Nitric oxide (NO) is historically well known as a toxic gas but now recognized as a physiological cellular mediator acting at very low concentrations. It is biosynthesized within the body, and modulates many signal transduction processes. For investigation of the functions of this gaseous mediator, it is necessary to use chemical donors that release NO specifically, and it is highly advantageous if the release can be made with precise spatiotemporal control. For this purpose, we have developed caged NO (photocontrollable NO-releasing compounds) with unique releasing mechanisms. One employs the photoinduced rearrangement of an arylnitro group and subsequent release of NO, and another uses photoinduced electron transfer to release NO. One of our caged NO was confirmed to induce a NO-dependent cellular response in vivo under photocontrol. Photocontrollable NO releasers are expected to become indispensable tools for physiological experiments, and are also potential therapeutic agents for photodynamic therapy.
Recently, human serum albumin (HSA) has emerged as a versatile carrier for therapeutic agents against diabetes, cancer, and infectious diseases. Market-approved products include fatty acid derivatives of human insulin for diabetes and the paclitaxel-HSA nanoparticle for various cancers such as metastatic breast cancer and advanced pancreatic cancer. In this review, we focus on the next-generation approach including HSA-binding bioactive gas such as nitric oxide (NO) for treating ischemic/reperfusion injury, cancer, and bacterial infection. To date, pharmacologically active compounds that release NO within the body, such as organic nitrates, have been used as therapeutic agents, but their efficacy is significantly limited by unwanted side effects. Therefore, novel NO donors with better pharmacological and pharmacokinetic properties are highly desirable. The S-nitrosothiol fraction in plasma is largely composed of endogenous S-nitrosated HSA (SNO-HSA), which is why we are investigating whether this albumin form can be therapeutically useful. Recently, we have developed SNO-HSA analogues such as SNO-HSA with many conjugated SNO groups (poly-SNO-HSA) prepared using chemical modification. Unexpectedly, we found striking inverse effects between poly-SNO-HSA and SNO-HSA. Despite the fact that SNO-HSA inhibits apoptosis, poly-SNO-HSA possesses very strong pro-apoptotic effects against tumor cells. Furthermore, poly-SNO-HSA can reduce or even completely eliminate the multidrug resistance often developed by cancer cells. In this review, we put forward the possibility that poly-SNO-HSA can be used as a safe, effective multifunctional antitumor agent.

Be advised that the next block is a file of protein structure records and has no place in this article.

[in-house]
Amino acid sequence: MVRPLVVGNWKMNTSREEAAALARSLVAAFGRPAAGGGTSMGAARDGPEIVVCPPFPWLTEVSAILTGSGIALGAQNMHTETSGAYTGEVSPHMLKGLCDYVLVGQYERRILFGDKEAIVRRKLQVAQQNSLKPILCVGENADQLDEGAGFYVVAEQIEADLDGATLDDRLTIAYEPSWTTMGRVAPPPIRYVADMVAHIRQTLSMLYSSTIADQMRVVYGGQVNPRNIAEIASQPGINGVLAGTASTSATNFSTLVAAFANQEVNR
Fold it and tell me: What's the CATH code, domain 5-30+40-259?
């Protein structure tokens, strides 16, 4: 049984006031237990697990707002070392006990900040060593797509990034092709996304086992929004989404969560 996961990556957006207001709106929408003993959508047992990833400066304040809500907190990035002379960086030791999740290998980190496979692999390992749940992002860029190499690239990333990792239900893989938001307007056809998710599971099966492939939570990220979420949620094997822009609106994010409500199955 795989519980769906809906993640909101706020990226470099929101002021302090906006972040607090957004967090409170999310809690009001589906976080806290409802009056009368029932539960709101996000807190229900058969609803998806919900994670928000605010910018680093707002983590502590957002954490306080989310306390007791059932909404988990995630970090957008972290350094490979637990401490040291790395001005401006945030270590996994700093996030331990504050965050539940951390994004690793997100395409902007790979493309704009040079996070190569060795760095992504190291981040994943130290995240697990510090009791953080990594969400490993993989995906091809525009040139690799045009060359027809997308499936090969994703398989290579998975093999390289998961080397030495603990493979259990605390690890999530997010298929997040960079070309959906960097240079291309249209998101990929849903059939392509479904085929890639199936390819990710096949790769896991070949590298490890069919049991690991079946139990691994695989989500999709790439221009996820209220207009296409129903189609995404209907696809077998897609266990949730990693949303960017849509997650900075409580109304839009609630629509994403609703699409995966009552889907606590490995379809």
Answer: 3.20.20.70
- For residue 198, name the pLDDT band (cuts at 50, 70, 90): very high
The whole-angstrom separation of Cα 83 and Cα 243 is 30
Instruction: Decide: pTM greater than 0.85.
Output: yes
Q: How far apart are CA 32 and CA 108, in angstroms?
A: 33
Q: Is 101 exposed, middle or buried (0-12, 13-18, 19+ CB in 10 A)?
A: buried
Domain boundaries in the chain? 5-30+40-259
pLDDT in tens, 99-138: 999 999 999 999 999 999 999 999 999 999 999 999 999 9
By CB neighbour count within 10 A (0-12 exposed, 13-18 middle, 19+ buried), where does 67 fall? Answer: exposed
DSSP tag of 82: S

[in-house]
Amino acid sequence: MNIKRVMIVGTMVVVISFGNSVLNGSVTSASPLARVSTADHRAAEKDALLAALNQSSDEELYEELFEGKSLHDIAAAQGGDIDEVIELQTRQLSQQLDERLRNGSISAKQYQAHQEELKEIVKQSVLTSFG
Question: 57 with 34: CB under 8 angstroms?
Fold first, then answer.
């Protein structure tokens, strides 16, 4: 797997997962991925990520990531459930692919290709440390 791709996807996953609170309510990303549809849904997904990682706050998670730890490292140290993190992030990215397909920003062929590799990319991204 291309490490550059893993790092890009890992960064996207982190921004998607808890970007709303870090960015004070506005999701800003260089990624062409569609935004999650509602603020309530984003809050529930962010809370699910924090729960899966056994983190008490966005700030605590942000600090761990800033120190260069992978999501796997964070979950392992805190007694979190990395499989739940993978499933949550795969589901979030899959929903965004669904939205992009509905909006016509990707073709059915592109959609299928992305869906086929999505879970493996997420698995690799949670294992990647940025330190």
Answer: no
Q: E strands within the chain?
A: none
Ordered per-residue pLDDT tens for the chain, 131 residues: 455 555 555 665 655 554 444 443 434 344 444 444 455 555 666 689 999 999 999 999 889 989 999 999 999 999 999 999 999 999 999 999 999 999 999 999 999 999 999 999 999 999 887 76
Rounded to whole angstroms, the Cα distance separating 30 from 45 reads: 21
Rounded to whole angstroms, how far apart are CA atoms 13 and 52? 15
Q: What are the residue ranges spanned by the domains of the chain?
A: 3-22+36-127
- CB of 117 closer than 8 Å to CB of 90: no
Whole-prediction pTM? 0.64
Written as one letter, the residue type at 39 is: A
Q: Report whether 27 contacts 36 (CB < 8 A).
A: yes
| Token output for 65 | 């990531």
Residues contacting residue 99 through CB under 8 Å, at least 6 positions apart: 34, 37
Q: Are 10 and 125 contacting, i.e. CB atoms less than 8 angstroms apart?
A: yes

Exosomes are secretory membrane vesicles containing lipids, proteins, and nucleic acids. They act as intercellular transporters by delivering their components to exosome recipient cells. Based on their endogenous delivery system properties, exosomes are expected to become drug delivery systems (DDS) for various molecules such as nucleic acid-based drugs. Important factors such as drug loading to exosomes, production, and pharmacokinetics of exosomes need to be considered for the development of exosome-based DDS. Of these, the pharmacokinetics of exosomes have rarely been studied, probably because of the lack of quantitative evaluation methods of in vivo exosomal pharmacokinetics. We selected lactadherin as an exosome tropic protein and developed it as a fusion protein with Gaussia luciferase to label exosomes for in vivo imaging. In addition, a fusion protein of lactadherin and streptavidin was developed, and the tissue distribution of exosomes was quantitatively evaluated by radiolabeling the exosomes using 125I-labeled biotin. Using labeled exosomes, we found that intravenously injected exosomes were rapidly cleared from the systemic circulation by macrophages. In addition, the exosomes were mainly distributed to the liver, lung, and spleen. We also examined the effect of exosome isolation methods on their physicochemical and pharmacokinetic properties. We found that exosomes collected by the ultracentrifugation-based density-gradient method were more dispersed than exosomes collected by other methods, including the ultracentrifugation-based pelleting method. The gradient method is more time-consuming than others; therefore the development of a more efficient method for exosome isolation will advance the development of exosome-based DDS.